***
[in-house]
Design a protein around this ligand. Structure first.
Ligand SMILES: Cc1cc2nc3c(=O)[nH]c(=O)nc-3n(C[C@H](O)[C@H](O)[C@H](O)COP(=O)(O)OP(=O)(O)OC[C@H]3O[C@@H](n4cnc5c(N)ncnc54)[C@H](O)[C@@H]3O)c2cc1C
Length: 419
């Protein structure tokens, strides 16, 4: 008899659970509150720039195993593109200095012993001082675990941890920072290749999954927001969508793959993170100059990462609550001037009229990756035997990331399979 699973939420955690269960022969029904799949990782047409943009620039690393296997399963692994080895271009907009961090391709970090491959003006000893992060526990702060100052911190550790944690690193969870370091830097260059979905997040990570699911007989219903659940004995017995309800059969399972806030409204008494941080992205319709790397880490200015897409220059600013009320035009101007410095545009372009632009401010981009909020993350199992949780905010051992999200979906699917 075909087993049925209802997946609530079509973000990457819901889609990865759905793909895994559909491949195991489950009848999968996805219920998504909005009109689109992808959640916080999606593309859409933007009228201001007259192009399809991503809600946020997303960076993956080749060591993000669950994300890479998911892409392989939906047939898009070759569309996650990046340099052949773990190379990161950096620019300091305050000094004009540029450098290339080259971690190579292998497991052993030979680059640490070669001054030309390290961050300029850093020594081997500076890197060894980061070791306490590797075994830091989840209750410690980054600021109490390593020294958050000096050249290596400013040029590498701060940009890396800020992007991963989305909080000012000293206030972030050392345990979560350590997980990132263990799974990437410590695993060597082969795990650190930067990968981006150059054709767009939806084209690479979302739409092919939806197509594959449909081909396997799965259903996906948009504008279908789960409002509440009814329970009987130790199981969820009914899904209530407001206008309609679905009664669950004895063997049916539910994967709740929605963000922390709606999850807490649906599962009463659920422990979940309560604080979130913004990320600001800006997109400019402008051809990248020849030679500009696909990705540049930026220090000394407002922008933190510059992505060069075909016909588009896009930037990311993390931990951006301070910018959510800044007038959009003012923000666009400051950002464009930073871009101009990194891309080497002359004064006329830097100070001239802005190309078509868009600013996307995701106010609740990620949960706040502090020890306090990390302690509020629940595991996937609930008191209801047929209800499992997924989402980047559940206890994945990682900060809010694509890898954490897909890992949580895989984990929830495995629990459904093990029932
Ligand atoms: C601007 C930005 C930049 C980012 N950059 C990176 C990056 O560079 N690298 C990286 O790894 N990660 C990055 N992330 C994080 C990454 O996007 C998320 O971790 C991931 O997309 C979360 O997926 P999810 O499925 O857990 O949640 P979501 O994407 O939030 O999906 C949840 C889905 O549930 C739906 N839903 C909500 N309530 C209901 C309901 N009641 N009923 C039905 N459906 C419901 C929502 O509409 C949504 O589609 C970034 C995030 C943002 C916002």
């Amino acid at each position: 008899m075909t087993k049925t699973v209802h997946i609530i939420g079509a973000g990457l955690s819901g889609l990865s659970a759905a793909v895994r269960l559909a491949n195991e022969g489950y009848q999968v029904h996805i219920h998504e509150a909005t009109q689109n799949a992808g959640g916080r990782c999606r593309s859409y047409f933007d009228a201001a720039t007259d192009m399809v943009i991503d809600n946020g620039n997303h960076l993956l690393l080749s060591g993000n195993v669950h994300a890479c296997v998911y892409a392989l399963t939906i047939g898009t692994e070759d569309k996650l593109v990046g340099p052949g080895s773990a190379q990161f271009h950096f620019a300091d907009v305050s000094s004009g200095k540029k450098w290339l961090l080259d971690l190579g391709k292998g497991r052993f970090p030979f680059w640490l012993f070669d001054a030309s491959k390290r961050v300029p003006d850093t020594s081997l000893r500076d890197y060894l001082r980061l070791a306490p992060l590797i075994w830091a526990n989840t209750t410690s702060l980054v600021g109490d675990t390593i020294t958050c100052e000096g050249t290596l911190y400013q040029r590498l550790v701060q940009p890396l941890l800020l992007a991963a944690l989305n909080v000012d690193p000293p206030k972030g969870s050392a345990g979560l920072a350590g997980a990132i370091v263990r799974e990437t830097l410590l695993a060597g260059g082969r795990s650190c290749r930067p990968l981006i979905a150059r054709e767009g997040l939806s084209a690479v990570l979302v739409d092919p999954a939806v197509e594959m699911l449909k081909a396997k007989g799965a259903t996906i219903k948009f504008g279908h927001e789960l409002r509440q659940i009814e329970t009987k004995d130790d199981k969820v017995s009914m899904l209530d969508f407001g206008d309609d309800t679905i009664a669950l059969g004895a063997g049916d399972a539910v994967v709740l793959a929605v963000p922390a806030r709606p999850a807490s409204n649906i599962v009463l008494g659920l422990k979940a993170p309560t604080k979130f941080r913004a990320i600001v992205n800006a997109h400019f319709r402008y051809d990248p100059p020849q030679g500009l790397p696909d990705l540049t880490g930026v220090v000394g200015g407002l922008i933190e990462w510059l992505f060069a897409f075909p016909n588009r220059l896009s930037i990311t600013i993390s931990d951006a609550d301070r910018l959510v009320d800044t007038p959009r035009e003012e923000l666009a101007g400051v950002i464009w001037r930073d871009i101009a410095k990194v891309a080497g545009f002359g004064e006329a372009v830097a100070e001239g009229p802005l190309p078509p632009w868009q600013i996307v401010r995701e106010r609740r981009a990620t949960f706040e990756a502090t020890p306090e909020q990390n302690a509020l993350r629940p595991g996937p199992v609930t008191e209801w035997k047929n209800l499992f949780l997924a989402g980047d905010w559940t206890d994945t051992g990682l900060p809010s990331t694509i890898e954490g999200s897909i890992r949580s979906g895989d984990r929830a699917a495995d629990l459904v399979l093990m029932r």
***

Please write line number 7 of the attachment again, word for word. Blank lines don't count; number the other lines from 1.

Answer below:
């Amino acid at each position: 008899m075909t087993k049925t699973v209802h997946i609530i939420g079509a973000g990457l955690s819901g889609l990865s659970a759905a793909v895994r269960l559909a491949n195991e022969g489950y009848q999968v029904h996805i219920h998504e509150a909005t009109q689109n799949a992808g959640g916080r990782c999606r593309s859409y047409f933007d009228a201001a720039t007259d192009m399809v943009i991503d809600n946020g620039n997303h960076l993956l690393l080749s060591g993000n195993v669950h994300a890479c296997v998911y892409a392989l399963t939906i047939g898009t692994e070759d569309k996650l593109v990046g340099p052949g080895s773990a190379q990161f271009h950096f620019a300091d907009v305050s000094s004009g200095k540029k450098w290339l961090l080259d971690l190579g391709k292998g497991r052993f970090p030979f680059w640490l012993f070669d001054a030309s491959k390290r961050v300029p003006d850093t020594s081997l000893r500076d890197y060894l001082r980061l070791a306490p992060l590797i075994w830091a526990n989840t209750t410690s702060l980054v600021g109490d675990t390593i020294t958050c100052e000096g050249t290596l911190y400013q040029r590498l550790v701060q940009p890396l941890l800020l992007a991963a944690l989305n909080v000012d690193p000293p206030k972030g969870s050392a345990g979560l920072a350590g997980a990132i370091v263990r799974e990437t830097l410590l695993a060597g260059g082969r795990s650190c290749r930067p990968l981006i979905a150059r054709e767009g997040l939806s084209a690479v990570l979302v739409d092919p999954a939806v197509e594959m699911l449909k081909a396997k007989g799965a259903t996906i219903k948009f504008g279908h927001e789960l409002r509440q659940i009814e329970t009987k004995d130790d199981k969820v017995s009914m899904l209530d969508f407001g206008d309609d309800t679905i009664a669950l059969g004895a063997g049916d399972a539910v994967v709740l793959a929605v963000p922390a806030r709606p999850a807490s409204n649906i599962v009463l008494g659920l422990k979940a993170p309560t604080k979130f941080r913004a990320i600001v992205n800006a997109h400019f319709r402008y051809d990248p100059p020849q030679g500009l790397p696909d990705l540049t880490g930026v220090v000394g200015g407002l922008i933190e990462w510059l992505f060069a897409f075909p016909n588009r220059l896009s930037i990311t600013i993390s931990d951006a609550d301070r910018l959510v009320d800044t007038p959009r035009e003012e923000l666009a101007g400051v950002i464009w001037r930073d871009i101009a410095k990194v891309a080497g545009f002359g004064e006329a372009v830097a100070e001239g009229p802005l190309p078509p632009w868009q600013i996307v401010r995701e106010r609740r981009a990620t949960f706040e990756a502090t020890p306090e909020q990390n302690a509020l993350r629940p595991g996937p199992v609930t008191e209801w035997k047929n209800l499992f949780l997924a989402g980047d905010w559940t206890d994945t051992g990682l900060p809010s990331t694509i890898e954490g999200s897909i890992r949580s979906g895989d984990r929830a699917a495995d629990l459904v399979l093990m029932r």